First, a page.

Sarah Kate has found her niche: theater.
She got her “big break” when she was cast last fall in James and the Giant Peach JR. with Eastern Shore Repertory Theatre (ESRT). James was followed by Disney’s The Little Mermaid, next week she’ll begin a summer camp production of Schoolhouse Rock Live! JR., this week she submitted audition video for ESRT’s “travel team” for Junior Theater Festival, the world’s largest festival celebrating musical theater for young people, and in August she’ll audition for the fall production, Peter Pan, JR. Whew! To say she’s “all in” would be an understatement.
Of course, musical theater is tough for a kid whose movements are restricted. Her dream is to play the role of Tiger Lily, but the casting info specifically calls for a “good actor, singer and mover”. Two out of three ain’t bad, but it also isn’t enough. To her credit, though, Sarah Kate embraces the mantra that there are “no small parts, only small actors” and puts her whole being into her characters – she created an entire backstory for her seagull, despite having no spoken lines, and she never broke character once.
Last month, she had an amazing opportunity.
ESRT hosted iTheatrics’ Director of Education Marty Johnson to lead an intensive theater workshop of the brand new show, Heathers the Musical (High School Edition). The show is so new, in fact, that the world premiere was held a week after Johnson’s workshop. Heathers (High School Edition) is a revised version of the popular-but-racy musical Heathers which itself was based on the 1988 cult classic (and R-rated) film of the same name, and Johnson worked closely with the writers/composers of the original musical to remake it for a teenage audience. If you aren’t familiar with the original movie or musical, think “Mean Girls” but much, much darker, with not only bullying and cliques, but also the added themes of murder and suicide.
I’m not gonna lie – I was concerned about the content.
I saw the original movie when I was in college, and rewatched it on Netflix when I learned about the workshop (it was actually much worse than I remembered). It was difficult for me to imagine how the story could be revised into something appropriate for my fourteen year old daughter. I wasn’t alone, either – others who were considering the workshop opted out due to concerns about the content, and even among those who stayed in, there was a lot of anxious chatter in the weeks leading up to the workshop.
Ultimately, I felt it was an opportunity for Sarah Kate that would be difficult to pass up, so she enrolled.
The cast included about 30 students – from rising 9th graders up to college sophomores – from several different theater companies and at least three states (one student came all the way from Columbus, Ohio!) Although everyone who enrolled was, by default, cast in the show, auditions were still held. In May, Marty came to town to do a mini-workshop for the younger kids, hold auditions for Heathers, and attend Mermaid. Sarah Kate was cast as Officer Milner and as a nerd in the ensemble. She received her script and musical tracks in advance, and the workshop began on Monday, June 12.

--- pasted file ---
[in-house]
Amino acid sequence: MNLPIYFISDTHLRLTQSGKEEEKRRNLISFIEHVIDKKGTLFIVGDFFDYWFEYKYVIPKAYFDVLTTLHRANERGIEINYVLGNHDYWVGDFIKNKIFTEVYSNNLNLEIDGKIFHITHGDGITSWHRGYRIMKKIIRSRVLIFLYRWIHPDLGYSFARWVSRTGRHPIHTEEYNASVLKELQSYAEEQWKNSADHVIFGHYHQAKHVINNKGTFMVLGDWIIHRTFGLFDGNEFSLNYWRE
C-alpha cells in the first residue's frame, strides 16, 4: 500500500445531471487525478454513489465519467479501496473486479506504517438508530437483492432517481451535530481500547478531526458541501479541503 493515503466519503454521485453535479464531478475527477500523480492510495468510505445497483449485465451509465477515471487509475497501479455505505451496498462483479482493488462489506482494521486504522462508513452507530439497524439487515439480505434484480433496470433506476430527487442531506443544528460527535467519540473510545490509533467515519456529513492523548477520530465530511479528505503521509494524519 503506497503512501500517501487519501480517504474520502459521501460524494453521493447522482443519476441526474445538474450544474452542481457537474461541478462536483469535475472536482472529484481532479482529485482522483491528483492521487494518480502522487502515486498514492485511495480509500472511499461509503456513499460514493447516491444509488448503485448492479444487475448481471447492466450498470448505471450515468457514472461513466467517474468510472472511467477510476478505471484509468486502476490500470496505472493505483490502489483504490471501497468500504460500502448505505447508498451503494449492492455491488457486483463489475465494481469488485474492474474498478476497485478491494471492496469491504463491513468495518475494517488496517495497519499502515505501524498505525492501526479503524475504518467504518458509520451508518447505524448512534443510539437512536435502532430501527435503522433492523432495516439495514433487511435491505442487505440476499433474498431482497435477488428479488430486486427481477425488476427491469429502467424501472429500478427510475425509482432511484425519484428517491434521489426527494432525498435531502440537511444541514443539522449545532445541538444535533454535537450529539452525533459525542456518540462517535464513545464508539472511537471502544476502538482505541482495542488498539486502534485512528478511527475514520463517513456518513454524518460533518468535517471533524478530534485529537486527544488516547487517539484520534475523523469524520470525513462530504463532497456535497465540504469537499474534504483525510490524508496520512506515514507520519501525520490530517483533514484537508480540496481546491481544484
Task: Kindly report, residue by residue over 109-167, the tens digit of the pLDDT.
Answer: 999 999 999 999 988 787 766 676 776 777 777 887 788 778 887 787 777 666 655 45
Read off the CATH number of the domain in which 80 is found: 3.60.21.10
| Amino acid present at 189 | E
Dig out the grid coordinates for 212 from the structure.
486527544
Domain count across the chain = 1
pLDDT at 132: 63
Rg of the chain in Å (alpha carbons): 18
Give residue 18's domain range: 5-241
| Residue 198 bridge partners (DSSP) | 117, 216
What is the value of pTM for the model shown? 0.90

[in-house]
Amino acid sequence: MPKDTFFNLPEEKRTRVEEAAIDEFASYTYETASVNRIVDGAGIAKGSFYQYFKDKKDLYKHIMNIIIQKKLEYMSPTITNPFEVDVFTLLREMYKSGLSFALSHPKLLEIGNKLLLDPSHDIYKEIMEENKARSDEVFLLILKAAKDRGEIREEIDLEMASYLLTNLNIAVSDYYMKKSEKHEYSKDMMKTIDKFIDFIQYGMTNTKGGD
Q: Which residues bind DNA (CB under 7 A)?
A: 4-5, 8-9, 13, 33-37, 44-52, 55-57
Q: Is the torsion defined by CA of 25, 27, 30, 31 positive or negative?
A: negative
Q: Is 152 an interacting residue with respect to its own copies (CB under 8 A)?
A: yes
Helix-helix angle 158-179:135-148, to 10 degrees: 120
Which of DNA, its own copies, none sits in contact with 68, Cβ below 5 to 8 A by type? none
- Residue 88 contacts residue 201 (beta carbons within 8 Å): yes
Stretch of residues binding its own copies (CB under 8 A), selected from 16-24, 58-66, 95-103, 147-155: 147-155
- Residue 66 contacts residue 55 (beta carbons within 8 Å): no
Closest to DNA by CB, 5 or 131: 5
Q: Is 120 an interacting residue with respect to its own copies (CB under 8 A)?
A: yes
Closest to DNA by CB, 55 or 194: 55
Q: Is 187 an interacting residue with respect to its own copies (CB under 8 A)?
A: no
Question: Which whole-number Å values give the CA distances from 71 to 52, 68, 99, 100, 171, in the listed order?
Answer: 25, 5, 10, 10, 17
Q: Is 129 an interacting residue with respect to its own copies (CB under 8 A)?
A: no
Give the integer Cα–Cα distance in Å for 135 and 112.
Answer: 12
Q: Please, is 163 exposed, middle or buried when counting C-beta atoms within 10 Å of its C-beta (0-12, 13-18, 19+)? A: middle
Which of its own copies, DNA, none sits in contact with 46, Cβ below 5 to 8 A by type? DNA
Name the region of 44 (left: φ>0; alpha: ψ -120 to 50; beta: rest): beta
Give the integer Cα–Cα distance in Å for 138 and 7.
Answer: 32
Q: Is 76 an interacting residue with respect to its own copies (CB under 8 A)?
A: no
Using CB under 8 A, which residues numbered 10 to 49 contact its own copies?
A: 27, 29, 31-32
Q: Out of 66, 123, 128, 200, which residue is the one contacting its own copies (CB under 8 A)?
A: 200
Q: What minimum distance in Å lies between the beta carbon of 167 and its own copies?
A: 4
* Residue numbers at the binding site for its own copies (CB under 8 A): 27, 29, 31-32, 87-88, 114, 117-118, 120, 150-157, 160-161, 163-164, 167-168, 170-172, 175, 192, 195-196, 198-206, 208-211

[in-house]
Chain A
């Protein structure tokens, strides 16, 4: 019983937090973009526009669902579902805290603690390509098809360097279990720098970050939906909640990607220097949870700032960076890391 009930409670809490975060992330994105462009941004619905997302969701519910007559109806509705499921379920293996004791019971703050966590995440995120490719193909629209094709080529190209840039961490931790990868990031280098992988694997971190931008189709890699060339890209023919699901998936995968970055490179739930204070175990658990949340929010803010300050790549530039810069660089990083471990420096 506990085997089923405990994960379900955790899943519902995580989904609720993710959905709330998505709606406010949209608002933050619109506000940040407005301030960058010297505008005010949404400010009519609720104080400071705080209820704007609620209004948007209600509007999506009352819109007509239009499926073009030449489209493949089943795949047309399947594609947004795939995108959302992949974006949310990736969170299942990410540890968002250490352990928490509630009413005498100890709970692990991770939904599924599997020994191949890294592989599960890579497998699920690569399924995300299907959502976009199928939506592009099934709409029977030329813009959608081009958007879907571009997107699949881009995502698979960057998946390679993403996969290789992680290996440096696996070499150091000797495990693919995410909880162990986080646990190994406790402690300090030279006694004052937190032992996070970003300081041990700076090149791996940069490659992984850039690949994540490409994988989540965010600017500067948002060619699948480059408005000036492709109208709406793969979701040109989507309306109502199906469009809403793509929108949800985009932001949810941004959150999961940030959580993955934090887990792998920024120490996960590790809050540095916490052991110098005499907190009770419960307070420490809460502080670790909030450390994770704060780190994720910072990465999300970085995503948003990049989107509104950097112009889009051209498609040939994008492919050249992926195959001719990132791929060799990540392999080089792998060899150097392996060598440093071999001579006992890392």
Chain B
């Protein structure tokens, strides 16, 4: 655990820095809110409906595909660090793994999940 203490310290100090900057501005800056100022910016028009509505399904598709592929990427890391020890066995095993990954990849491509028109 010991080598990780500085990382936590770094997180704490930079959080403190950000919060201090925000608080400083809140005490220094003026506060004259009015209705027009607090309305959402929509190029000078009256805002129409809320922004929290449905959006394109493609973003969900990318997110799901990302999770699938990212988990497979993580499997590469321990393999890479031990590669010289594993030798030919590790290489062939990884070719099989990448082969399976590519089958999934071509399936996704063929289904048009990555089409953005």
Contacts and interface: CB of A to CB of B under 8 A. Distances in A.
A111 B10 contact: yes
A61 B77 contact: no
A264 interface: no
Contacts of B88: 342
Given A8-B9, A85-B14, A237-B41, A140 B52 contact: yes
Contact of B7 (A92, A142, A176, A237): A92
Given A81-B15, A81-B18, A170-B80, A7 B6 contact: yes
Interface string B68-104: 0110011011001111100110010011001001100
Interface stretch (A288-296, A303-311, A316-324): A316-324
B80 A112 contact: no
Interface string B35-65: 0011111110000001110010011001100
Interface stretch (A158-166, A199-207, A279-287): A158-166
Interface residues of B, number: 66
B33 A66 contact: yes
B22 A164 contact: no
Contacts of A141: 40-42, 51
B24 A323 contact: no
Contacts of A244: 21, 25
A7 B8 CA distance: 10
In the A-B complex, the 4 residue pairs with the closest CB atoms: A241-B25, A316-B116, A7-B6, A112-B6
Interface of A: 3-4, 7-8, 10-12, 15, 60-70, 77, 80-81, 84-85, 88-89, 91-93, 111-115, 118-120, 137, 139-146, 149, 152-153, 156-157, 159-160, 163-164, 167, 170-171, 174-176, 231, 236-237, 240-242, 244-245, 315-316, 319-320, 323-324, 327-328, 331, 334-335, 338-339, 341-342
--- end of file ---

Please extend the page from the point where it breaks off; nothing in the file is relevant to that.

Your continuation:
The cast worked from 9:00 am to 5:00 pm every day that week and performed on Friday and Saturday evening. They had costumes, with each actor was responsible for his own, and limited sets and props, and despite working in a state-of-the-art facility, Marty opted not to use the sound system because he wanted them to learn how to project without microphones. Even with those limitations, the show truly blew me away, and in the end I didn’t regret letting Sarah Kate participate, despite the unsavory content.
Sarah Kate had one spoken line and, in addition to the ensemble numbers, performed another song as Officer Milner as part of a small ensemble. She put everything she had into both her Officer Milner and nerd characters, and fell more deeply in love with theater, if that’s possible. I long ago stopped worrying about Sarah Kate being fully included with ESRT, but Heathers 101 was a different director who didn’t know her (and a lot of unfamiliar kids to boot). Would theater truly be for everyone outside the ESRT bubble?
Before the first performance on Friday night, Marty had the cast gather around in circle and asked each of them to use one word to describe how they were feeling.
Sarah Kate’s word was “equal.”
A Note About the Show’s Content: I’m not going to sugarcoat the material and say it was no big deal. As a committed Catholic and parent of a teenager, parts of it made me squirm, though it was less offensive than the original movie (the changes to the storyline were an improvement over the film, as well). Mr. Andi and I went on different nights so that we didn’t have to take Nathan. From a personal standpoint, I found the show quite enjoyable – simultaneously ridiculous and profound, and it brought back to me the challenges of being a teenager in our culture.
Sarah Kate and I discussed the content on several occasions, and we agreed that participating in the show had worth not just as an educational opportunity for her, but also because it explored important themes that teenagers face, and because the overarching message of the show was valuable. Veronica, the protagonist, was trapped after a series of bad choices, but was still able to turn things around in the end; the catalyst for all her bad choices, J.D., didn’t allow himself to do the same, and it destroyed him. Those are concepts firmly rooted in our Catholic faith, even though the presentation may have at times made us a little squeamish.